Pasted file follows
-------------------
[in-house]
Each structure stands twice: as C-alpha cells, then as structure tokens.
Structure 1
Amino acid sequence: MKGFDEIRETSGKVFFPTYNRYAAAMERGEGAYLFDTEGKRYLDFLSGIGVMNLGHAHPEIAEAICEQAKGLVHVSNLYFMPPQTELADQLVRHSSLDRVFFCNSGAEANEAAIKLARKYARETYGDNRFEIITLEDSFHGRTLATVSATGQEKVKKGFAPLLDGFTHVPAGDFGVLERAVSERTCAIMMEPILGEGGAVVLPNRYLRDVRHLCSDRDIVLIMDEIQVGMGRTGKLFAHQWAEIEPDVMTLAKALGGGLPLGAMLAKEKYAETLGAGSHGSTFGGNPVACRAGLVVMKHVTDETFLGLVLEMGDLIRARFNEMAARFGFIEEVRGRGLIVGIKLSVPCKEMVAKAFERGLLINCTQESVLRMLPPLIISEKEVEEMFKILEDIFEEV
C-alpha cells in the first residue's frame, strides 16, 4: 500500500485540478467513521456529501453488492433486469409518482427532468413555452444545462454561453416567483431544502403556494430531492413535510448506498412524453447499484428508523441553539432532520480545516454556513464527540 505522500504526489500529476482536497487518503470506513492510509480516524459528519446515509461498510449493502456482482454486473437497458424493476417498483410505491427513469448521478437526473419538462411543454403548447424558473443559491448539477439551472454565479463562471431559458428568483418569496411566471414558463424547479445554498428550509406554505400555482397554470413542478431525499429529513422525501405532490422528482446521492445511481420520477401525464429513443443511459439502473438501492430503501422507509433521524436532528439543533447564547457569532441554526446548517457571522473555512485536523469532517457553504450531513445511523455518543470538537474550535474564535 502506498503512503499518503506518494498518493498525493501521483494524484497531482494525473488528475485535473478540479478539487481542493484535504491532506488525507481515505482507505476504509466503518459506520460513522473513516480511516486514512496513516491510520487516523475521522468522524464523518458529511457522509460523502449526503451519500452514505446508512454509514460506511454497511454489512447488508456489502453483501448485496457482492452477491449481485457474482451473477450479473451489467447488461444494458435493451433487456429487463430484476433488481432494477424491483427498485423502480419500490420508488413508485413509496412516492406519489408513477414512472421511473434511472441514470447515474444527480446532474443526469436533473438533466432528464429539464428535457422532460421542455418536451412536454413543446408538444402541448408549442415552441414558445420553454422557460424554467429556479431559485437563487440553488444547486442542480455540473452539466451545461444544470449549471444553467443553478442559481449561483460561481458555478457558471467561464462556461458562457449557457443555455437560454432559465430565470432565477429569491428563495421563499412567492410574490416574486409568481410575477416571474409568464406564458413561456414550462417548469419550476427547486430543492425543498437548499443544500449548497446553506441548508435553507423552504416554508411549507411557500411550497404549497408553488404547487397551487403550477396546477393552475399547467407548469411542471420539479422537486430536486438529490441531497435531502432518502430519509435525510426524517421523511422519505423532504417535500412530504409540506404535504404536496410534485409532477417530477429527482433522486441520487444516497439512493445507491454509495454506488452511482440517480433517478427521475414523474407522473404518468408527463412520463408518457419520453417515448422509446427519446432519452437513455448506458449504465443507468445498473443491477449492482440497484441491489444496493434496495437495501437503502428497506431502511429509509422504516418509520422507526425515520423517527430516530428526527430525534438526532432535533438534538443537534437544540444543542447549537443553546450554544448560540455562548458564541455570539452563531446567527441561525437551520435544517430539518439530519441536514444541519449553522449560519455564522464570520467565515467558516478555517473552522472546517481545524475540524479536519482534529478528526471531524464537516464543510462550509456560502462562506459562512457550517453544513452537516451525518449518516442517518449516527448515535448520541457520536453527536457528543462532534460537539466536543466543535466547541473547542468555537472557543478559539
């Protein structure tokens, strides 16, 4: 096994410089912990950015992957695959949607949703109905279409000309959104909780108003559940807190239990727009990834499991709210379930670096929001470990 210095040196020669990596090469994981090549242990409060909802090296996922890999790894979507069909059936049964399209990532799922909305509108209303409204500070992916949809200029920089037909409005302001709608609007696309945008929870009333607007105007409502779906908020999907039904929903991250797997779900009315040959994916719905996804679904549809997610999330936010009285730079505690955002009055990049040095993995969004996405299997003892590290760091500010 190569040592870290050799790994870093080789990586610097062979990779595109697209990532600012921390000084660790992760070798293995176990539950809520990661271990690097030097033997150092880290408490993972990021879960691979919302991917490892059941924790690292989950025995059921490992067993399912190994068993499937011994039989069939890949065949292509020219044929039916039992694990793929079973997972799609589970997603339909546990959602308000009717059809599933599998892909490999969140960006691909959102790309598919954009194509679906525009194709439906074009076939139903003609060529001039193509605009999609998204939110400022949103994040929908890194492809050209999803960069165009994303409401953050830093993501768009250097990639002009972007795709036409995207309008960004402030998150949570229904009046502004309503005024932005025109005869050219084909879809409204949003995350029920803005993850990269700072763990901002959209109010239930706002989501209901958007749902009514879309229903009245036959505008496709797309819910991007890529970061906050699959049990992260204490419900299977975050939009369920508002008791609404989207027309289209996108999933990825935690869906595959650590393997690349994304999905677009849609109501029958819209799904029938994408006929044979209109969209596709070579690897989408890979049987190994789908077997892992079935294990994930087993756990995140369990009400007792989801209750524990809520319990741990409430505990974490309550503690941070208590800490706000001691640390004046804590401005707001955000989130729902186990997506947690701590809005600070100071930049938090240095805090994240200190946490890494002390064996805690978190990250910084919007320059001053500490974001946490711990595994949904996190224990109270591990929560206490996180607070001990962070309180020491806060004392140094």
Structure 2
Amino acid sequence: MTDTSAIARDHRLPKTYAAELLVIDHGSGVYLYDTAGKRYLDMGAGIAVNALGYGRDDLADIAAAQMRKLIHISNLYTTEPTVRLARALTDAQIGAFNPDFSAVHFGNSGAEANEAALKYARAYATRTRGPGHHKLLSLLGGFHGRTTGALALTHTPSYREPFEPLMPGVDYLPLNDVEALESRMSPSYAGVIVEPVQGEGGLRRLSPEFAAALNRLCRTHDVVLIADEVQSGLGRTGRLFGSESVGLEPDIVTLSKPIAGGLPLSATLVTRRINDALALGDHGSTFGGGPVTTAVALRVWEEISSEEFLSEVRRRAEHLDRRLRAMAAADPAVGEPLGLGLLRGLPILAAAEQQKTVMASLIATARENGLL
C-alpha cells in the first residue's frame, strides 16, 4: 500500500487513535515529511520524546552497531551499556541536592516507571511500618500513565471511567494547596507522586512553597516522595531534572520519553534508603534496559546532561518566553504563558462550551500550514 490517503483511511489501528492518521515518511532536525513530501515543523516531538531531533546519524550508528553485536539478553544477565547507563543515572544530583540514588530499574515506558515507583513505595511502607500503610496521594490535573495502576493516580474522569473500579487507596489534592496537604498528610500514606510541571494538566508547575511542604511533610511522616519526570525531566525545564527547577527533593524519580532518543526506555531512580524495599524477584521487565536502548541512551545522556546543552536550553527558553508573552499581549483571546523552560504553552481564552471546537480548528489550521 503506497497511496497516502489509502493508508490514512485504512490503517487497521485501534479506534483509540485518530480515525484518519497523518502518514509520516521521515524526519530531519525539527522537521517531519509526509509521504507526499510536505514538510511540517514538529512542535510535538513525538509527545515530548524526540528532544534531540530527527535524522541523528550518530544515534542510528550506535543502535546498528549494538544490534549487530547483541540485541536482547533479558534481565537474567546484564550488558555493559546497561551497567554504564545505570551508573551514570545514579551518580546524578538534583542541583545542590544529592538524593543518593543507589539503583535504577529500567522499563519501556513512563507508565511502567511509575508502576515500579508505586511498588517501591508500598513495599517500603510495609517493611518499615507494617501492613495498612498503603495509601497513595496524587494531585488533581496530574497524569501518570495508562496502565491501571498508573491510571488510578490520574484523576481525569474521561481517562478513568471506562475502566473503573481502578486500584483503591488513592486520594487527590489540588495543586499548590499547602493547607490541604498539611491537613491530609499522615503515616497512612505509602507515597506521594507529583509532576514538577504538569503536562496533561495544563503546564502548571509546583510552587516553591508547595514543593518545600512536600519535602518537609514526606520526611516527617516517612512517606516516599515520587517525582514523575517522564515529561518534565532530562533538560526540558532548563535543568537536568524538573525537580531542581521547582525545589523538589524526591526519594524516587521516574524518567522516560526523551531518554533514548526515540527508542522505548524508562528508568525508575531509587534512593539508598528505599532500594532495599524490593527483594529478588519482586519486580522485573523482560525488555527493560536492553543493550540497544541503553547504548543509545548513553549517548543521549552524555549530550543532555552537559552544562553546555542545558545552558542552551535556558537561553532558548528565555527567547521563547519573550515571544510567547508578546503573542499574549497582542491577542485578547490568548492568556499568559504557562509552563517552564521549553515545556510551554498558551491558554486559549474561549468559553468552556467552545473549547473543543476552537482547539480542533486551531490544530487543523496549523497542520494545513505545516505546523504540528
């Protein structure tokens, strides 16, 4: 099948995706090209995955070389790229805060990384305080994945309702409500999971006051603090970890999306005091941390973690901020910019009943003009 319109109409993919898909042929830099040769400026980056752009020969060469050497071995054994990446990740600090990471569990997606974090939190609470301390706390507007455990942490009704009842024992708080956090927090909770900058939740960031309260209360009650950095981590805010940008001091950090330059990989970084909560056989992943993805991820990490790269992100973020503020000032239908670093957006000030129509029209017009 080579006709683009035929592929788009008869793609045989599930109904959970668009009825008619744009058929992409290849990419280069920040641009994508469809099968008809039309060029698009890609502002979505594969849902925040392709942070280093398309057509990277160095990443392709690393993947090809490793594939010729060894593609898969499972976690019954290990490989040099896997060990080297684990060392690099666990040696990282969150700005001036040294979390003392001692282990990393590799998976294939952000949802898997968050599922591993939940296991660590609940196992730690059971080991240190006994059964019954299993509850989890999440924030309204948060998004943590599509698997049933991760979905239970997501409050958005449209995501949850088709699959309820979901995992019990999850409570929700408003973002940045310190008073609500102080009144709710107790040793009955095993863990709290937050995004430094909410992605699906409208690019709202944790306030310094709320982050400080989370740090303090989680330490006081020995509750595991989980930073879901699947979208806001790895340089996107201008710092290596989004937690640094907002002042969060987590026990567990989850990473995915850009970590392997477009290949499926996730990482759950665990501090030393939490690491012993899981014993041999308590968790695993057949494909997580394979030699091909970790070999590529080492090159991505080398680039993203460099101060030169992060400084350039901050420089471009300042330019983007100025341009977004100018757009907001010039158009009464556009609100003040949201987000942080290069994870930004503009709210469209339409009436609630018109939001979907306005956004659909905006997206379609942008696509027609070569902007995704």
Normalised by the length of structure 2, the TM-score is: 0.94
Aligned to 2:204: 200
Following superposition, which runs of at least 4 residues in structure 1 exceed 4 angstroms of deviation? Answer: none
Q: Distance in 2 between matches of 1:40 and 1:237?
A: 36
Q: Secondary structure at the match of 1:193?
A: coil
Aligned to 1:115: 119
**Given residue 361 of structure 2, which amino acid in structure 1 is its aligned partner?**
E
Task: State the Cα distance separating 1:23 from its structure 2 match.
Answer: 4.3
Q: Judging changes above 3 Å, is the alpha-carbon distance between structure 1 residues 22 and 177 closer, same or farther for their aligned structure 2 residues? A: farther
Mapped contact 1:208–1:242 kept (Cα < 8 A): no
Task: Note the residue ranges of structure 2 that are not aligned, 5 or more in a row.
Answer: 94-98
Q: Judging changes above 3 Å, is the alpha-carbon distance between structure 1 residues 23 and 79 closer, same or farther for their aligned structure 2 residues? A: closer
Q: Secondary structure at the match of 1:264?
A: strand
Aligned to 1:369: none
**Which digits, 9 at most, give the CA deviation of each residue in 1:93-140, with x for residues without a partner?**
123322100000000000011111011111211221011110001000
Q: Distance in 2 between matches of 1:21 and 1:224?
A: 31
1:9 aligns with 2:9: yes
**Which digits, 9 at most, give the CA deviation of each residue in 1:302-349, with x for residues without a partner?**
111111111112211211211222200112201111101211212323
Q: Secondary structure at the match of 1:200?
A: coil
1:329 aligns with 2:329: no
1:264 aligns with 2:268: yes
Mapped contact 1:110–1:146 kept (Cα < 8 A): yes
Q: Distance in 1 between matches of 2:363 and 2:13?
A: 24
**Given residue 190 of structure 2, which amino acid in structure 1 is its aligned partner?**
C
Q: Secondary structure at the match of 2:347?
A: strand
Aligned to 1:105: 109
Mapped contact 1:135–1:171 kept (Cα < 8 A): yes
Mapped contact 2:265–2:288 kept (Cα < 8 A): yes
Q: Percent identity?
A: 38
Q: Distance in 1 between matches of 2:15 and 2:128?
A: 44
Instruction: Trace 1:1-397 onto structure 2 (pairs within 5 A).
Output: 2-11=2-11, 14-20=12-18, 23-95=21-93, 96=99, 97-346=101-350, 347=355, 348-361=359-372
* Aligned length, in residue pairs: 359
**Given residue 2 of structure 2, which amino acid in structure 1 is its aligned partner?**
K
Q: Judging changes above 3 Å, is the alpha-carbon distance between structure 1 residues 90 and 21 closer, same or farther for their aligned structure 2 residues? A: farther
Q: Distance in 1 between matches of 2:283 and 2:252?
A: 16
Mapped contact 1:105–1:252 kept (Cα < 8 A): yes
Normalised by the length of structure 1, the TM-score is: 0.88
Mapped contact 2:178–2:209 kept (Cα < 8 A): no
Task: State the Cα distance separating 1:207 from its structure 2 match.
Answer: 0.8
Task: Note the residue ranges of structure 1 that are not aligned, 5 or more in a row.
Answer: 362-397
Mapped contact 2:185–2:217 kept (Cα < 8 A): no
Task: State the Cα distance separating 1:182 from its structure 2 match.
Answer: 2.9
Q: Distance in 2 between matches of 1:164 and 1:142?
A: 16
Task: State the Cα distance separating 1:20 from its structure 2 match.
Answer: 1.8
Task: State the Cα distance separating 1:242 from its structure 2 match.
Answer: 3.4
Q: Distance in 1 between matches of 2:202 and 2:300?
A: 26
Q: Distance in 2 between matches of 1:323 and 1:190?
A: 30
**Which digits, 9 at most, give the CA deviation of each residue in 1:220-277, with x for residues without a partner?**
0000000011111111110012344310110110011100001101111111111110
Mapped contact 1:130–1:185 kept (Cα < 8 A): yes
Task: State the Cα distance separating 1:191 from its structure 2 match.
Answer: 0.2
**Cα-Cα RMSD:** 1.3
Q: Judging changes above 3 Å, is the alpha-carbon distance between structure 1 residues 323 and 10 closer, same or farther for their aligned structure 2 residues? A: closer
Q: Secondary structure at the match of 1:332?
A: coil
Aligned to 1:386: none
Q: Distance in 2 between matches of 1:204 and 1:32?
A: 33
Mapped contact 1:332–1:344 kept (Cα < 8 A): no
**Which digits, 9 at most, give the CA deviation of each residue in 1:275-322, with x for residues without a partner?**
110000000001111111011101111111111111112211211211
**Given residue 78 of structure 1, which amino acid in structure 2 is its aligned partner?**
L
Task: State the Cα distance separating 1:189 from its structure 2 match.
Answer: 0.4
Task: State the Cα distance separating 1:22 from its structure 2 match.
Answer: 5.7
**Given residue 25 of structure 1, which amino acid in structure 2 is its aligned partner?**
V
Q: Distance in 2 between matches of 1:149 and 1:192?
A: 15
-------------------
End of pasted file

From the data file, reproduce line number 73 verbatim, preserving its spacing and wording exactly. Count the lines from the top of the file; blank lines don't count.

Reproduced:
Answer: 2.9